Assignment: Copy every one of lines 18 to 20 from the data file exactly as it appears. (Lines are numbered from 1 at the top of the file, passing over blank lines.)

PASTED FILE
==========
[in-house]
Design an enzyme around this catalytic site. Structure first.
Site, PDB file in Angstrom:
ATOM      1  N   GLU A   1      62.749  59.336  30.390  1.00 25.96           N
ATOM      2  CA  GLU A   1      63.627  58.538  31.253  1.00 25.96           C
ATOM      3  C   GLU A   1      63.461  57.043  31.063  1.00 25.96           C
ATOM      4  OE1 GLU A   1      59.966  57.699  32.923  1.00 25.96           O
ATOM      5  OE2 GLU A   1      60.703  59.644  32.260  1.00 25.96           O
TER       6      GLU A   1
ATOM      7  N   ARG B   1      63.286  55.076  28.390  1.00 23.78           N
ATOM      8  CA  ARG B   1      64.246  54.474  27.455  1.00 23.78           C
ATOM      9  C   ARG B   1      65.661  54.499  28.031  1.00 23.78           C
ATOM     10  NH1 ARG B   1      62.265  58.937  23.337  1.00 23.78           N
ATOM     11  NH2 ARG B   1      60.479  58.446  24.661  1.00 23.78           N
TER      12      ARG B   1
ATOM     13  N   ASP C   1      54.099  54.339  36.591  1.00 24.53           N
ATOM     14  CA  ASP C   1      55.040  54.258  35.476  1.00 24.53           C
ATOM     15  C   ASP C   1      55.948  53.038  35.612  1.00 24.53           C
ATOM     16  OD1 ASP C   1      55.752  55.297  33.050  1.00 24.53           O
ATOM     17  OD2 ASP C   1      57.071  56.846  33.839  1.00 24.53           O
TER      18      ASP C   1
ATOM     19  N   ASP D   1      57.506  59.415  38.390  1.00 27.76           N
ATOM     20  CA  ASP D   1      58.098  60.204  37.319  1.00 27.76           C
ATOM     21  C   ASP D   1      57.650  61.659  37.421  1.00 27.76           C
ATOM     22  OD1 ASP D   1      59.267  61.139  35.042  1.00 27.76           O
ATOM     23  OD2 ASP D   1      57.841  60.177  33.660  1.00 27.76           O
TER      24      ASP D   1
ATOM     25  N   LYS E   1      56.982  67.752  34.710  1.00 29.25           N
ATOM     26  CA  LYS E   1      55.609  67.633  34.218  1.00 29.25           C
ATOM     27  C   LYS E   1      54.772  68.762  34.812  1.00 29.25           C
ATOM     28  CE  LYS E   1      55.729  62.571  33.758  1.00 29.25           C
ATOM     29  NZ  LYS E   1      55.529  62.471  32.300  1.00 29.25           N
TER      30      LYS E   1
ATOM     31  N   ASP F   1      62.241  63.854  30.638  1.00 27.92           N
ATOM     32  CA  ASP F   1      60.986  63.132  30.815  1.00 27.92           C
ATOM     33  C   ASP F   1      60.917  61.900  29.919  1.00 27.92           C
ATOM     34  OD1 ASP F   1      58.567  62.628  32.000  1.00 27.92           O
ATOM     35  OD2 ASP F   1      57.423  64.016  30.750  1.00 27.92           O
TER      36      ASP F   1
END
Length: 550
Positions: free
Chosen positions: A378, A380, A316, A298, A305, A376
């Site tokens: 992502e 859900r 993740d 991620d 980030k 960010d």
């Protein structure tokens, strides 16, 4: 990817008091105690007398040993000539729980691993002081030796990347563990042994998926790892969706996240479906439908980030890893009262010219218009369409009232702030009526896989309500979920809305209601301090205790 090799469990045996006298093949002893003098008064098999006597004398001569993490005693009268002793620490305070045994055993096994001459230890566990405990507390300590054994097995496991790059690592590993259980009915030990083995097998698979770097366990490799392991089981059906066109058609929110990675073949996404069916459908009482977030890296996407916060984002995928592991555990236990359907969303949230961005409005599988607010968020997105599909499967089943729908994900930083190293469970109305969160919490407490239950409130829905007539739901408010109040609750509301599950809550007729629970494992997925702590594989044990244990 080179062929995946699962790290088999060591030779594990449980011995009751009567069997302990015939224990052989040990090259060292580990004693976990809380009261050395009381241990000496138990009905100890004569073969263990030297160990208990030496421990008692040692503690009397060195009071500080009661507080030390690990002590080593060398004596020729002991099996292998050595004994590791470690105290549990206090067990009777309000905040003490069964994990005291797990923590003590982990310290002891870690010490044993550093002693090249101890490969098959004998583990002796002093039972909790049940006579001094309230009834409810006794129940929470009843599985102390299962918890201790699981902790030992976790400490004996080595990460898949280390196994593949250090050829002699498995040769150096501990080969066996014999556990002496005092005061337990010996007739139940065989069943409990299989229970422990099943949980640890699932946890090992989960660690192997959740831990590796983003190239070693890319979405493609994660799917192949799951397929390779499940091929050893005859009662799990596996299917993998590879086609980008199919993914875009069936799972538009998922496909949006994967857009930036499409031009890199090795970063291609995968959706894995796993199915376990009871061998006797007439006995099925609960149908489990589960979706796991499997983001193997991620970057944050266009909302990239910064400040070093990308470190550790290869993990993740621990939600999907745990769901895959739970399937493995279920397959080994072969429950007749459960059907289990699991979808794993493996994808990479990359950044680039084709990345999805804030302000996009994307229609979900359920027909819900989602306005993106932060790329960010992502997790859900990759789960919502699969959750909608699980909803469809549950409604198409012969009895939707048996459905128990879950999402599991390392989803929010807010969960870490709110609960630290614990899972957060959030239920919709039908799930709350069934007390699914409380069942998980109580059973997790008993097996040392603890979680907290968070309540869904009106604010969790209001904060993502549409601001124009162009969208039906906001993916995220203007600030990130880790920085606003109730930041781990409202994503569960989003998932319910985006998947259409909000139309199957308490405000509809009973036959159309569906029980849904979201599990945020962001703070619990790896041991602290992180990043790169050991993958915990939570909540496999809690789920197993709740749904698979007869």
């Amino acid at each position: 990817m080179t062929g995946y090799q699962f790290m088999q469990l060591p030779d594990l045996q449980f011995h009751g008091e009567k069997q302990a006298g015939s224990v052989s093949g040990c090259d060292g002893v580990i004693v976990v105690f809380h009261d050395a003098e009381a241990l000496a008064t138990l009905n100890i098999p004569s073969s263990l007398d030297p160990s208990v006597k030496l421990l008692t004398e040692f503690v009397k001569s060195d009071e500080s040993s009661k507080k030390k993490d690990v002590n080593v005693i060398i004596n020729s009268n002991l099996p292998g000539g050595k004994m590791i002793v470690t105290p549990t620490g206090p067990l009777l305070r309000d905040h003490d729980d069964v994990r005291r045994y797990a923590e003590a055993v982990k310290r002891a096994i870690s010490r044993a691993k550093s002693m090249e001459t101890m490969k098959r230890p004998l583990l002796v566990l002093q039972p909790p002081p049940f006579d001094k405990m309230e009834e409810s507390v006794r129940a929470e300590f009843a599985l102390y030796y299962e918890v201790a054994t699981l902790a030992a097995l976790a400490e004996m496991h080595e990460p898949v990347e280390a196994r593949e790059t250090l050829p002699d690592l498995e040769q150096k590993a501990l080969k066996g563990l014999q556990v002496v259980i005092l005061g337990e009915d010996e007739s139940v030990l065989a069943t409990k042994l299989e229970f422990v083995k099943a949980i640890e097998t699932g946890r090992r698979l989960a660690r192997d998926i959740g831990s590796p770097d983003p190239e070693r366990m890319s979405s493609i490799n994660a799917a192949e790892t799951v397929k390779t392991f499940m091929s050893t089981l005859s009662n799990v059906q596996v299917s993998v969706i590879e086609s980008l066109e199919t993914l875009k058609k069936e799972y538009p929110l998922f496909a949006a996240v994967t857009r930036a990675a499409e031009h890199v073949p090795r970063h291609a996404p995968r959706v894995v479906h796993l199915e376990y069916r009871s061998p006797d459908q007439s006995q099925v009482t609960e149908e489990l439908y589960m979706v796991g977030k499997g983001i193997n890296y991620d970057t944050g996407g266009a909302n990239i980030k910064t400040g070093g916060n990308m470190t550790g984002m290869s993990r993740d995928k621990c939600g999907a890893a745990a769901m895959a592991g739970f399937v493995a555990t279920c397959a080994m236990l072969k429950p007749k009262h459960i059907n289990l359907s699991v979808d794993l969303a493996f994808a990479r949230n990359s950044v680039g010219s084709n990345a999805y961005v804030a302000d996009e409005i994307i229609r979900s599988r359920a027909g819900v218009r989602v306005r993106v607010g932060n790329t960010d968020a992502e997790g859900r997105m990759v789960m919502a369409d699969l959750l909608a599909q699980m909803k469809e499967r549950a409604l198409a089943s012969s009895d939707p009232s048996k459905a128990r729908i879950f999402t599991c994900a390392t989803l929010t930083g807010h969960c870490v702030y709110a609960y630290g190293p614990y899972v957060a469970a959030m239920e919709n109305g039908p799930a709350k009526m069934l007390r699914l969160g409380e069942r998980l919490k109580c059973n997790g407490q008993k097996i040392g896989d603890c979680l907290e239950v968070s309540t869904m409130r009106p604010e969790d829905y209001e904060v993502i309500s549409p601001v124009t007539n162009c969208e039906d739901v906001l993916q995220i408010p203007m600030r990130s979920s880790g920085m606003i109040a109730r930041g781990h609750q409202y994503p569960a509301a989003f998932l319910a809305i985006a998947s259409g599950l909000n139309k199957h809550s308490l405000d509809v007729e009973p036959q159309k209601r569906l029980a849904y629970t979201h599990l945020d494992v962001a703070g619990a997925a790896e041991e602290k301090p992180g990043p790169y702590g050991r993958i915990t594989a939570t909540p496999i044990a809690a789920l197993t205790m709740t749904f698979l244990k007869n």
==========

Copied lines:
ATOM     15  C   ASP C   1      55.948  53.038  35.612  1.00 24.53           C
ATOM     16  OD1 ASP C   1      55.752  55.297  33.050  1.00 24.53           O
ATOM     17  OD2 ASP C   1      57.071  56.846  33.839  1.00 24.53           O